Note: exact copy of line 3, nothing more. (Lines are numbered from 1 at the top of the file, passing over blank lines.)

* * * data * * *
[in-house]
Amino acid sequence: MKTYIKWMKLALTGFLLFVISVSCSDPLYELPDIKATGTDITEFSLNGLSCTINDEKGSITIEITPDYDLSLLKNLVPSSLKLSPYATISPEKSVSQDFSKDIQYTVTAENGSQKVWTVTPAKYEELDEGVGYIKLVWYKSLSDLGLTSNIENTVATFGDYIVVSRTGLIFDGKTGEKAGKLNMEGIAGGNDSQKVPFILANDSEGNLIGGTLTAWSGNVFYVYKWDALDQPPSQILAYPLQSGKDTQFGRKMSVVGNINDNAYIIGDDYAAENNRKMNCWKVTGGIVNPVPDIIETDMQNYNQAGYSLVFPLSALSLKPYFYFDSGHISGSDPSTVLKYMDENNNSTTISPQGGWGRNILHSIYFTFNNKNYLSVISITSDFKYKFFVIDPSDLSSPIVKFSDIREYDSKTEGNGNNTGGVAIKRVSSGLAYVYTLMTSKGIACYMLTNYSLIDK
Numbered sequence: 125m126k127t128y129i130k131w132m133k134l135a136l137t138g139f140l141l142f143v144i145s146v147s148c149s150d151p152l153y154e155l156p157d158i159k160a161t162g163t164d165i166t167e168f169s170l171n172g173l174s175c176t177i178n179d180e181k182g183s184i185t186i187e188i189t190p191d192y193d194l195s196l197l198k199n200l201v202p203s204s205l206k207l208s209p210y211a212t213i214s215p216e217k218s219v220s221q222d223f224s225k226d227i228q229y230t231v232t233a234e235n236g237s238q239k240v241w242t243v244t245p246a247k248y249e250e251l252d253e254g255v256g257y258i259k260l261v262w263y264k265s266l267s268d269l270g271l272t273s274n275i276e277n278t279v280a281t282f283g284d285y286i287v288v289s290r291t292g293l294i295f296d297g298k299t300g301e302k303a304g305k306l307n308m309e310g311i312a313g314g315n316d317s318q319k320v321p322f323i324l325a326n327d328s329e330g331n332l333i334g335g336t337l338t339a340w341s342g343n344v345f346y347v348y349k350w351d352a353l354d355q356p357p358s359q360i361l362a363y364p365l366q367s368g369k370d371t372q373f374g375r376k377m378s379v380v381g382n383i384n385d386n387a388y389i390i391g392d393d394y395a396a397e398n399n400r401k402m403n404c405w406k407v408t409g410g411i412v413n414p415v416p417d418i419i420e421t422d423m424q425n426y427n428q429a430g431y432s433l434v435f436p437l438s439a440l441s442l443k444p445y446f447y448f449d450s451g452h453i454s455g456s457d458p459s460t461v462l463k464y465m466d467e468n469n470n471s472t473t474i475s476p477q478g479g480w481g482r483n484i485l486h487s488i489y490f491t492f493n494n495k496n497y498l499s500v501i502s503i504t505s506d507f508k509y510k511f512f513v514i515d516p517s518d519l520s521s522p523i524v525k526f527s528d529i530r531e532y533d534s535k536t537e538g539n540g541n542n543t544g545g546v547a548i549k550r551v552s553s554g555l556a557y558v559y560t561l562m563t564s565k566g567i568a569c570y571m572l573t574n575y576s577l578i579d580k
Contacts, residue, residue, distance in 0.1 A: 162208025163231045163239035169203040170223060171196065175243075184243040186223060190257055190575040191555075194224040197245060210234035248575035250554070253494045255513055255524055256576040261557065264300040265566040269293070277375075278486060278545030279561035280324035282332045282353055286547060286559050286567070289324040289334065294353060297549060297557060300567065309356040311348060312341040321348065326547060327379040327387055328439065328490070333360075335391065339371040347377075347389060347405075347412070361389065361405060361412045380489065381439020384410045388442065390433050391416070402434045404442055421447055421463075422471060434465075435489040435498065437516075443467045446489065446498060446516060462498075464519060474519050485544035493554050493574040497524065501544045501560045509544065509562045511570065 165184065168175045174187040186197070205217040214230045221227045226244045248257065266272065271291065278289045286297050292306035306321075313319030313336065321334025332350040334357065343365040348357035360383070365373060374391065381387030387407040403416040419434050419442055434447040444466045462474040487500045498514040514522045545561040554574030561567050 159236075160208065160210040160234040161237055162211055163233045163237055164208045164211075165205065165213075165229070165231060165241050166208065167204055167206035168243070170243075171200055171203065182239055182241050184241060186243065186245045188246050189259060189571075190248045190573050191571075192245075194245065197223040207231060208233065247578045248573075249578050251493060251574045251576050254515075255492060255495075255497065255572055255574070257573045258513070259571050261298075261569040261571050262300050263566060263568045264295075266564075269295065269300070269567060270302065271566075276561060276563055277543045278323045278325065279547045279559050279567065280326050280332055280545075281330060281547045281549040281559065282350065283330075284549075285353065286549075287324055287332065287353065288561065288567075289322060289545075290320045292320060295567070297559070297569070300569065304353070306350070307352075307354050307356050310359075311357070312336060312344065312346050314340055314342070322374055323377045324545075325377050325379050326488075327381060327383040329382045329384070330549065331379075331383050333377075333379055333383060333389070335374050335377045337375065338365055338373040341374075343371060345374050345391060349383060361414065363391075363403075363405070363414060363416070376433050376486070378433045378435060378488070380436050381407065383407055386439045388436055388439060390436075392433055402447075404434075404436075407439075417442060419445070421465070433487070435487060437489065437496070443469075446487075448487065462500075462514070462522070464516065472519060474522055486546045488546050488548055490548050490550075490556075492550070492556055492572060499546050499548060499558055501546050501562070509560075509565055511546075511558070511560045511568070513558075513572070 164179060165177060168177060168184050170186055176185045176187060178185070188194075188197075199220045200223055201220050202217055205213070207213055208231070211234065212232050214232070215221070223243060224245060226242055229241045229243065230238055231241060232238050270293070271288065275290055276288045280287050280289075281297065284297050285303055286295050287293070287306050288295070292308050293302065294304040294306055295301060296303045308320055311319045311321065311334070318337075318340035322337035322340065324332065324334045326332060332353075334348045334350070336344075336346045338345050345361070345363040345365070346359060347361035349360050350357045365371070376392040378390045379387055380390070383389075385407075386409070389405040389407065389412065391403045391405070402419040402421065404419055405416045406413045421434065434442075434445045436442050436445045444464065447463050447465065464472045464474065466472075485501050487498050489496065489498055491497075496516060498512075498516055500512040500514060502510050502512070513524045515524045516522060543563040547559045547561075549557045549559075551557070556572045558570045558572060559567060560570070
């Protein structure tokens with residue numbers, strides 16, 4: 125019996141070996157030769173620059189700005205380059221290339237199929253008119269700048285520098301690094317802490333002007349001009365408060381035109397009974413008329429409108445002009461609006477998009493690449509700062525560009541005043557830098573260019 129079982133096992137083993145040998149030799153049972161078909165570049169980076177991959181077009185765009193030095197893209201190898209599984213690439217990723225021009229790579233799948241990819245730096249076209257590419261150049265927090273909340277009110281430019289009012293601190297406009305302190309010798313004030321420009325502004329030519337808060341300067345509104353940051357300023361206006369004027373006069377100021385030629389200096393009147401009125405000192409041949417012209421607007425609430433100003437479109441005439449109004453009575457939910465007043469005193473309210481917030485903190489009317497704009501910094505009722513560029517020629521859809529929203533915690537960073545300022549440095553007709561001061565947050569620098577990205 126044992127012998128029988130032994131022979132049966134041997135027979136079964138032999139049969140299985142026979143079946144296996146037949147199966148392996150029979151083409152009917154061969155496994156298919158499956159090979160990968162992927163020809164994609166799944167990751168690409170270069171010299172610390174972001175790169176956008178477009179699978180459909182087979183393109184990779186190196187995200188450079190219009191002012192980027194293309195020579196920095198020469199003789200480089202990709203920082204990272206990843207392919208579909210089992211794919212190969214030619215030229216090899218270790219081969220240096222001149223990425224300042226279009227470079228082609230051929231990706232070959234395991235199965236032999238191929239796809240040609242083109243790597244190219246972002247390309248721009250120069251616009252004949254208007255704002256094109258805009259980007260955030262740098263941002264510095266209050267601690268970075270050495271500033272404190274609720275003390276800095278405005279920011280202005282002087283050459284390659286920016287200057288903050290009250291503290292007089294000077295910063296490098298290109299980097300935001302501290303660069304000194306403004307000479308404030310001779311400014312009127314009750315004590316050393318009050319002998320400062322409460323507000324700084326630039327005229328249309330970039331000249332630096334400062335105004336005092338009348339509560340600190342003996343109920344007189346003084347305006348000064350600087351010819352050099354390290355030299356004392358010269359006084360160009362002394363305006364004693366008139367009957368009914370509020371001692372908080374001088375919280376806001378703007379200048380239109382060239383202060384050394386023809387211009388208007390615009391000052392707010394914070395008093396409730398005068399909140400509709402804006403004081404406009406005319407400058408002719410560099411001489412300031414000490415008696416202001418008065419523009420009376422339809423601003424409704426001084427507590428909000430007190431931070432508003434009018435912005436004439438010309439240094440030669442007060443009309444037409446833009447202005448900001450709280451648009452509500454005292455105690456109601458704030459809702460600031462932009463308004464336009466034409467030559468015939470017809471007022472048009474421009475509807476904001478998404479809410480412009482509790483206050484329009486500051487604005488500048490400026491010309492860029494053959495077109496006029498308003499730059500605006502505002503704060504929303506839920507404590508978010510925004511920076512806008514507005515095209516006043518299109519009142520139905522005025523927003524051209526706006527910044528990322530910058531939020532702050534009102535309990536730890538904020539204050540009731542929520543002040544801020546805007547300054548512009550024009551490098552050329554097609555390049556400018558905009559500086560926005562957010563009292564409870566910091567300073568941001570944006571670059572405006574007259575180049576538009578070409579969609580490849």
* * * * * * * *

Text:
Numbered sequence: 125m126k127t128y129i130k131w132m133k134l135a136l137t138g139f140l141l142f143v144i145s146v147s148c149s150d151p152l153y154e155l156p157d158i159k160a161t162g163t164d165i166t167e168f169s170l171n172g173l174s175c176t177i178n179d180e181k182g183s184i185t186i187e188i189t190p191d192y193d194l195s196l197l198k199n200l201v202p203s204s205l206k207l208s209p210y211a212t213i214s215p216e217k218s219v220s221q222d223f224s225k226d227i228q229y230t231v232t233a234e235n236g237s238q239k240v241w242t243v244t245p246a247k248y249e250e251l252d253e254g255v256g257y258i259k260l261v262w263y264k265s266l267s268d269l270g271l272t273s274n275i276e277n278t279v280a281t282f283g284d285y286i287v288v289s290r291t292g293l294i295f296d297g298k299t300g301e302k303a304g305k306l307n308m309e310g311i312a313g314g315n316d317s318q319k320v321p322f323i324l325a326n327d328s329e330g331n332l333i334g335g336t337l338t339a340w341s342g343n344v345f346y347v348y349k350w351d352a353l354d355q356p357p358s359q360i361l362a363y364p365l366q367s368g369k370d371t372q373f374g375r376k377m378s379v380v381g382n383i384n385d386n387a388y389i390i391g392d393d394y395a396a397e398n399n400r401k402m403n404c405w406k407v408t409g410g411i412v413n414p415v416p417d418i419i420e421t422d423m424q425n426y427n428q429a430g431y432s433l434v435f436p437l438s439a440l441s442l443k444p445y446f447y448f449d450s451g452h453i454s455g456s457d458p459s460t461v462l463k464y465m466d467e468n469n470n471s472t473t474i475s476p477q478g479g480w481g482r483n484i485l486h487s488i489y490f491t492f493n494n495k496n497y498l499s500v501i502s503i504t505s506d507f508k509y510k511f512f513v514i515d516p517s518d519l520s521s522p523i524v525k526f527s528d529i530r531e532y533d534s535k536t537e538g539n540g541n542n543t544g545g546v547a548i549k550r551v552s553s554g555l556a557y558v559y560t561l562m563t564s565k566g567i568a569c570y571m572l573t574n575y576s577l578i579d580k